Thursday, February 23, 2012

The Three R's of Giving Up Something for Lent

"But the fruit of the Spirit is...self-control" (Gal. 5:22-23).

A father urged his children to move beyond giving up candy for Lent to giving up some habit of sin.  About halfway through the season he asked the children how they were doing.  One of his young sons had promised to give up fighting with his brothers and sisters.  When his father asked him how it was going, he said, "I'm doing pretty good, Dad, but boy I can't wait until Easter!"*

One part of Lent is to consider giving up something, going without it between now and Easter: a favorite food or drink, eating out, a TV show, video games - or one of many other things.  You get to pick.  The only requirement is that you will miss it.  You may not be able to spend forty days fasting in the desert, but you could go forty days without dessert.

On a different level, you could choose to work on giving up a habit, a habit you know is not serving your Christian faith and life, a habit you know has got to go.  There is no better time for this than Lent, on the way to Holy Week and Easter.

Either way, whether chocolate or that habit, here are the three R's of giving up something for Lent.

Restrain.  Learn with God's help to restrain yourself and your desires.  Giving up something teaches and exercises self-restraint or self-control.  Paul names self-control as the ninth and last fruit of the Spirit.  And he writes these instructive words in 1 Corinthians 6:12-13:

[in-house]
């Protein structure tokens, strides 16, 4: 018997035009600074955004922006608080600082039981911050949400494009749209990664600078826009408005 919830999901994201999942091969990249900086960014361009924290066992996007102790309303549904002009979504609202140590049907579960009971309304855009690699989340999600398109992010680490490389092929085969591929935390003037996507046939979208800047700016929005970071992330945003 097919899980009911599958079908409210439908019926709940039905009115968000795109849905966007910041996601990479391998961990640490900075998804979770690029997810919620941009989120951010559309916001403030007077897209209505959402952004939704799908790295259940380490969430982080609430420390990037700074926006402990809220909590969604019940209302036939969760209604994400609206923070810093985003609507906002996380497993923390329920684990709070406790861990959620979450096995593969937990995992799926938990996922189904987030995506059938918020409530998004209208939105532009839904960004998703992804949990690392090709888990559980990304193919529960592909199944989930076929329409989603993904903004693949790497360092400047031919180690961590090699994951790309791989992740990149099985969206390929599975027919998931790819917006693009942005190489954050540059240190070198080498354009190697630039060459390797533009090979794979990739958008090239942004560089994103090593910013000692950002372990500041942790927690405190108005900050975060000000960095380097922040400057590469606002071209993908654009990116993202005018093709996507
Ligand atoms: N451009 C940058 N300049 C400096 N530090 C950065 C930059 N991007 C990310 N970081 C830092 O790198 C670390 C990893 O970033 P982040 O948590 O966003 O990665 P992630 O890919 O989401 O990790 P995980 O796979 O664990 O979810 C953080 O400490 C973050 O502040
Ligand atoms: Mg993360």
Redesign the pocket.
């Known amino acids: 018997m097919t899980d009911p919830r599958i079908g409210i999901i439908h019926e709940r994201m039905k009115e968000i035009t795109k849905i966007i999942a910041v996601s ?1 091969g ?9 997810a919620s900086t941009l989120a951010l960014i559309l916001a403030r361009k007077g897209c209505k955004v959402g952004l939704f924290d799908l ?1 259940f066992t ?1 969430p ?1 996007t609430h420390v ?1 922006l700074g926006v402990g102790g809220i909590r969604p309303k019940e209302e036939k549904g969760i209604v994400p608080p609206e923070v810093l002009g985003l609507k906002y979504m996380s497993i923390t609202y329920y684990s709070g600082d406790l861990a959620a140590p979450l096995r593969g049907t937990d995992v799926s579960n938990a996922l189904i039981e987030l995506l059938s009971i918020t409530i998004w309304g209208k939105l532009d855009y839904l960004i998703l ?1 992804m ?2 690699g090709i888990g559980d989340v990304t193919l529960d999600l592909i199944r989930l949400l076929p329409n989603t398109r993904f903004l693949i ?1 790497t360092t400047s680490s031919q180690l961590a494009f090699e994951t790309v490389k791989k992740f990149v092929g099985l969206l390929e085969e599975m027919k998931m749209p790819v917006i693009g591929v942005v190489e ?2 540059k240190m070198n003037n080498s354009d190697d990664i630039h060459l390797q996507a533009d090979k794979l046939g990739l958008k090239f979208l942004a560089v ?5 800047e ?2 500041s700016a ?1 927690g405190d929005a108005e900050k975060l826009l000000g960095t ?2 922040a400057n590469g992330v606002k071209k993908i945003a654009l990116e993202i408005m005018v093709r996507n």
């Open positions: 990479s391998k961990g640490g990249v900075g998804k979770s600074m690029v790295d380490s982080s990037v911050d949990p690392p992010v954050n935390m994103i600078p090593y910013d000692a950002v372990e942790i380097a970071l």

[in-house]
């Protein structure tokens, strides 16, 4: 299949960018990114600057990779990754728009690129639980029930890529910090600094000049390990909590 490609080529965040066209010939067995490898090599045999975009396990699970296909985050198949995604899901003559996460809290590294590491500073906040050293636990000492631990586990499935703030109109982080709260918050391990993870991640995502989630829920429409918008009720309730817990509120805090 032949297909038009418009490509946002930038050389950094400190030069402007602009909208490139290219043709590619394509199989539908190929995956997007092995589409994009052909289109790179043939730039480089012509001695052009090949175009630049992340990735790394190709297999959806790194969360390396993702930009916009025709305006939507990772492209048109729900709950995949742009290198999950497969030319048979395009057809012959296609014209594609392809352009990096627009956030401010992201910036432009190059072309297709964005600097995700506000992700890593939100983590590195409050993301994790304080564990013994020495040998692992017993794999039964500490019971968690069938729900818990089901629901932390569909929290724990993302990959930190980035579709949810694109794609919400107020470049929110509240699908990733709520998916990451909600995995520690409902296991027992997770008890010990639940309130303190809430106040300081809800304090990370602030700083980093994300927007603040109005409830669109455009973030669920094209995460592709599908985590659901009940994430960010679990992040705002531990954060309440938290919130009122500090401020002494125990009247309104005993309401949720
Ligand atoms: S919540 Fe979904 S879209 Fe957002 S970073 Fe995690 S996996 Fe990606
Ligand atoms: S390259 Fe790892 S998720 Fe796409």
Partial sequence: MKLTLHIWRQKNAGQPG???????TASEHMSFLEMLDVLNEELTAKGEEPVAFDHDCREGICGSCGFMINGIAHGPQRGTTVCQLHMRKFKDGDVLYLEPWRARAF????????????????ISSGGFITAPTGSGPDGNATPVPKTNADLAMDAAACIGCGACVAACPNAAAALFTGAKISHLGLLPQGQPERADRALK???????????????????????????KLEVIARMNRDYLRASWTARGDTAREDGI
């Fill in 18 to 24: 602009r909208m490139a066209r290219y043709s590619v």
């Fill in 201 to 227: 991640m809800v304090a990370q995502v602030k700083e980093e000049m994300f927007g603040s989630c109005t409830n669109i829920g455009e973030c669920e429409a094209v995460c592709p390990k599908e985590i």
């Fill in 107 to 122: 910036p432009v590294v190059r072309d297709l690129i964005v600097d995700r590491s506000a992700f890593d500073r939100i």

"I will not be enslaved by anything.  Food is meant for the stomach and the stomach for food - and God will destroy both one and the other.  The body is not meant for sexual immorality, but for the Lord, and the Lord for the body."

Living in a permissive society, we must learn to restrain ourselves, say no to ourselves, and practice self-control.  Giving up something helps impart that discipline.

Replace.  Replace the something you're giving up with some additional devotion.  It could be additional time in God's Word and prayer.  It could be additional time spent with your spouse and family.  It could be visiting the hospital or nursing home.  (Ask your pastor for the name and place of a person.)  I met a woman who's going to walk a hundred miles this Lent, 2.5 miles each of the forty days, and treat it as a pilgrimage and time for prayer.  What will you do?  With God, giving up something always means receiving something.

Remember.  This is the key.  Use your giving up to remember God the Father "who did not spare His own Son but gave Him up for us all" (Rom. 8:32).  Use your giving up to remember the Son who gave up His place in heaven and His life on the cross.  Use your giving up to remember the Holy Spirit.  Now what does the Holy Spirit give up?  Answer: The Holy Spirit gives up...on no one!  Remember this.  Remember this when you stumble in the course of giving up that habit.  Do not lose heart!  Remember the God who loves you!

Restrain.  Replace.  Remember.

As a rule, keep your giving up to yourself.  Exceptions to the rule would be spouses and families.  Parents will need to work with children.  Also you could talk with your pastor.

May God bless our giving up this Lent and lead us to Easter joys!

*Credit for this story goes to Rev. Lawrence E. Mick.